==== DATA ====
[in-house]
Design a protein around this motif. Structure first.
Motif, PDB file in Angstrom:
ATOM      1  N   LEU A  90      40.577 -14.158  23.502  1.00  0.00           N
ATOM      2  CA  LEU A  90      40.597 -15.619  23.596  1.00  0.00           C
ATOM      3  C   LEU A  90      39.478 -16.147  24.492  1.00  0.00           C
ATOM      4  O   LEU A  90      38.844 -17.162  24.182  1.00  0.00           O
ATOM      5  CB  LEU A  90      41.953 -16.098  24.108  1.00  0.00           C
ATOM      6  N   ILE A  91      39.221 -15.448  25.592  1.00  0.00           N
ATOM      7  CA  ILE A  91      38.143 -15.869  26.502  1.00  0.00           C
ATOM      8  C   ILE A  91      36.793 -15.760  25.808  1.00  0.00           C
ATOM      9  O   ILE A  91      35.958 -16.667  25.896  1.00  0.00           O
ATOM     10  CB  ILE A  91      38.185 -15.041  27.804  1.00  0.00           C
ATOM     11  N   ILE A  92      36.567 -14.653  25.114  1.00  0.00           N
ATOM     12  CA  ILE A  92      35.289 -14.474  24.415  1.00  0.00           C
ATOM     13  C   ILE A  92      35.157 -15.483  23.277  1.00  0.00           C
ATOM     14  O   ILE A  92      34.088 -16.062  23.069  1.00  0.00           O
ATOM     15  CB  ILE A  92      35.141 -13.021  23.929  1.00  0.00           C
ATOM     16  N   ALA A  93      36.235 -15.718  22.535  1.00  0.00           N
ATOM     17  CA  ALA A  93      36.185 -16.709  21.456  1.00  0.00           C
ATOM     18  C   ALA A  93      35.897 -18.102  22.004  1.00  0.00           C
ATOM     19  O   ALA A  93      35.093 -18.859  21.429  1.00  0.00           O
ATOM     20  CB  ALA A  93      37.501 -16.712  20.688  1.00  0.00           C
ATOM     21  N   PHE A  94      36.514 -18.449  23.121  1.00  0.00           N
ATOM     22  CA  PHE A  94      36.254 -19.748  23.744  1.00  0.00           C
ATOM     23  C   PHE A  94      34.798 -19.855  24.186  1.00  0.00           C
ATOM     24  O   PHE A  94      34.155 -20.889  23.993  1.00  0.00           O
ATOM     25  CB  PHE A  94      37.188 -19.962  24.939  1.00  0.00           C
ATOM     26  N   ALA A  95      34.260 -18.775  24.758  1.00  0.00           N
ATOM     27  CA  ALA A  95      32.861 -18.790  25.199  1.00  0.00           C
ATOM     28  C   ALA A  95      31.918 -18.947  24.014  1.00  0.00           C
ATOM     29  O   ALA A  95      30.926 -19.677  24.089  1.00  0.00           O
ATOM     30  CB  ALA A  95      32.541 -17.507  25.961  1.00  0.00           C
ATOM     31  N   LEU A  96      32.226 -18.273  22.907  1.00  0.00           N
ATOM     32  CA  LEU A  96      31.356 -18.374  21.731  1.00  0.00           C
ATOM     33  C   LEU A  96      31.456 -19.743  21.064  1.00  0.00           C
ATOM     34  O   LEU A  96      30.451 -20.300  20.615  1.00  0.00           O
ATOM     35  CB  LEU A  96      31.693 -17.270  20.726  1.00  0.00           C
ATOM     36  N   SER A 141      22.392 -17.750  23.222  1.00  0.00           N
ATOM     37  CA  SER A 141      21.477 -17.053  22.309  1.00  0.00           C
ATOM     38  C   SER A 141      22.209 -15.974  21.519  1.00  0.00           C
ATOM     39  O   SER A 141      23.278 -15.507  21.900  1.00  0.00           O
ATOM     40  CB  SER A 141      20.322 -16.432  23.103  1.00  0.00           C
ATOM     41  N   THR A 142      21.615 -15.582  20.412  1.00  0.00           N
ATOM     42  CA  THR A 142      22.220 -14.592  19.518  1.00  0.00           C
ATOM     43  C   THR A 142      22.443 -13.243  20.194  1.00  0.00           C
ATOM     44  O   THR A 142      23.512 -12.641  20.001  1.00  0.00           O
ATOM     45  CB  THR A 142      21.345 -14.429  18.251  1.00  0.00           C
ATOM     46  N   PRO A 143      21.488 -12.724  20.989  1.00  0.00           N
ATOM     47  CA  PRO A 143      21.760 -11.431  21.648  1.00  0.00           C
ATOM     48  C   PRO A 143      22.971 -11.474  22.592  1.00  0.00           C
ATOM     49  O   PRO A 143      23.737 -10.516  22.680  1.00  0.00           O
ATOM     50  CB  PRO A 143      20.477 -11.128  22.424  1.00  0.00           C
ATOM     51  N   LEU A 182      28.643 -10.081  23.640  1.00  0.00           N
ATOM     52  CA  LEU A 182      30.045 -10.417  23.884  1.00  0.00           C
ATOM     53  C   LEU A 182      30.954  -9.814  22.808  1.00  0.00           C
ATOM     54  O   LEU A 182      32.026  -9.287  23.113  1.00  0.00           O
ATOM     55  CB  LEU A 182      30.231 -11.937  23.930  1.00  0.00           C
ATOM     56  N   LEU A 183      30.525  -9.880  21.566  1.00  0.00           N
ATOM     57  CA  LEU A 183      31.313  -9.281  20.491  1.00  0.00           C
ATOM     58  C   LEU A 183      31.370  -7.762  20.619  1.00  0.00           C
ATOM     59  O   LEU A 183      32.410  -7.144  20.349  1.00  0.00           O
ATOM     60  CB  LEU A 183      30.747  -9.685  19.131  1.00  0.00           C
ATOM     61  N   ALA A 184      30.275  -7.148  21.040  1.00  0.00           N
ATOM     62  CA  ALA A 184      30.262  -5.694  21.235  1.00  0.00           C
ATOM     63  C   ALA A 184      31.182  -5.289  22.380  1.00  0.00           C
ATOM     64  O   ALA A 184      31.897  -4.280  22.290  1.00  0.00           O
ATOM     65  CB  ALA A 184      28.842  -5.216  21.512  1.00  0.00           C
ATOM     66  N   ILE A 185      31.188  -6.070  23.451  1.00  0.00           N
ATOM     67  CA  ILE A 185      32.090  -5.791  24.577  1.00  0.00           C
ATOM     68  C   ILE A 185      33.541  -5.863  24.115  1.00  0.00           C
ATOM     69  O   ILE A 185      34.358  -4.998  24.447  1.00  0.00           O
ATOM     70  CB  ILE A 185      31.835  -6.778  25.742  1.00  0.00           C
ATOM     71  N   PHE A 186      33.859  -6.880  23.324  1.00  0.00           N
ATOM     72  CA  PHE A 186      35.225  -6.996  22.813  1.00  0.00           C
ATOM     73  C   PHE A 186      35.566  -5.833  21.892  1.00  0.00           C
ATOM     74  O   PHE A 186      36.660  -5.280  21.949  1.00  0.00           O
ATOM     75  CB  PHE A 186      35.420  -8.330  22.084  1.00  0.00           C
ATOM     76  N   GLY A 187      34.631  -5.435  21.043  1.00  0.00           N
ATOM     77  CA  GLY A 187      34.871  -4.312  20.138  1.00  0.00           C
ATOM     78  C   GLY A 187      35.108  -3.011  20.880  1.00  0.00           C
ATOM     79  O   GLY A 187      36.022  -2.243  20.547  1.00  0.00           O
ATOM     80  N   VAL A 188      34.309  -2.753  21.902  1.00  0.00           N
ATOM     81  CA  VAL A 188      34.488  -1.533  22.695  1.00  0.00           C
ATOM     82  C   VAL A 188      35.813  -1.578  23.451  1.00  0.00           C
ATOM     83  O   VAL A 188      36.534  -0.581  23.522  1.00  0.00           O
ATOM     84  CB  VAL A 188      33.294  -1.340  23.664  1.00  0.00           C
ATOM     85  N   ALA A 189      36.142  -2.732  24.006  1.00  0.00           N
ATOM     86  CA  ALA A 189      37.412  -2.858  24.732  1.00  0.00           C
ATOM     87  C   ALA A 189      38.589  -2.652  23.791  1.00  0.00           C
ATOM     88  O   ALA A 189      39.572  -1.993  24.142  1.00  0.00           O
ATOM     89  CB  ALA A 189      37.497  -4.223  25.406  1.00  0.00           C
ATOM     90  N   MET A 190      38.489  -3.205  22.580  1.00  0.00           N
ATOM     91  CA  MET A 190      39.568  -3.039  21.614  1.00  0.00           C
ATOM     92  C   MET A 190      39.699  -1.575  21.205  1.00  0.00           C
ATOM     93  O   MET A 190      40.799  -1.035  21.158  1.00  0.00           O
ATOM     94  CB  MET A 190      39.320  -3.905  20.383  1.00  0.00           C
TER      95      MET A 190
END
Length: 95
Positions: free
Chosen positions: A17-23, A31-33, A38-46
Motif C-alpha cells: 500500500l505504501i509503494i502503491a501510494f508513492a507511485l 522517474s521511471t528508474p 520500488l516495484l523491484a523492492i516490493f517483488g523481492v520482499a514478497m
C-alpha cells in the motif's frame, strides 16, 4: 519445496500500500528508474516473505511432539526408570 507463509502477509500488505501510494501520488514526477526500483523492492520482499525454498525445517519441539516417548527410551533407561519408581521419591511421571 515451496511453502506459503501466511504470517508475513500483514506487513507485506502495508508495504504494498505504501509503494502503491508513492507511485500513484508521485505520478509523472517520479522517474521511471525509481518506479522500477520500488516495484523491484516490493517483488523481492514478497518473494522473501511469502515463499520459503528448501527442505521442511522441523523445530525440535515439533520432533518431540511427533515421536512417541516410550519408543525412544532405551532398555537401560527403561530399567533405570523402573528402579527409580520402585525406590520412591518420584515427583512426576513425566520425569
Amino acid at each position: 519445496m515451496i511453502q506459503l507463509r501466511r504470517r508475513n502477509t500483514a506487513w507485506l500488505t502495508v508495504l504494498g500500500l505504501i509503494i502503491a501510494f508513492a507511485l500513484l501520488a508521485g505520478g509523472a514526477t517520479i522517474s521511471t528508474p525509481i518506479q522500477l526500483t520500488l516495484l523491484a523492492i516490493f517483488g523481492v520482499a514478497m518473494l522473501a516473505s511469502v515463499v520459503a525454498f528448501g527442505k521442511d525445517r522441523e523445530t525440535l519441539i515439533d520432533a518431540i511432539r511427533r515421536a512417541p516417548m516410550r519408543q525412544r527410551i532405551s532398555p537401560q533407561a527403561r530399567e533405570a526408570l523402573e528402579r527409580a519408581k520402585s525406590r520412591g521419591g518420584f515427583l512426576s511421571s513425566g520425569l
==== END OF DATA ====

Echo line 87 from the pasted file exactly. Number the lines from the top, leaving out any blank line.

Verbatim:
ATOM     84  CB  VAL A 188      33.294  -1.340  23.664  1.00  0.00           C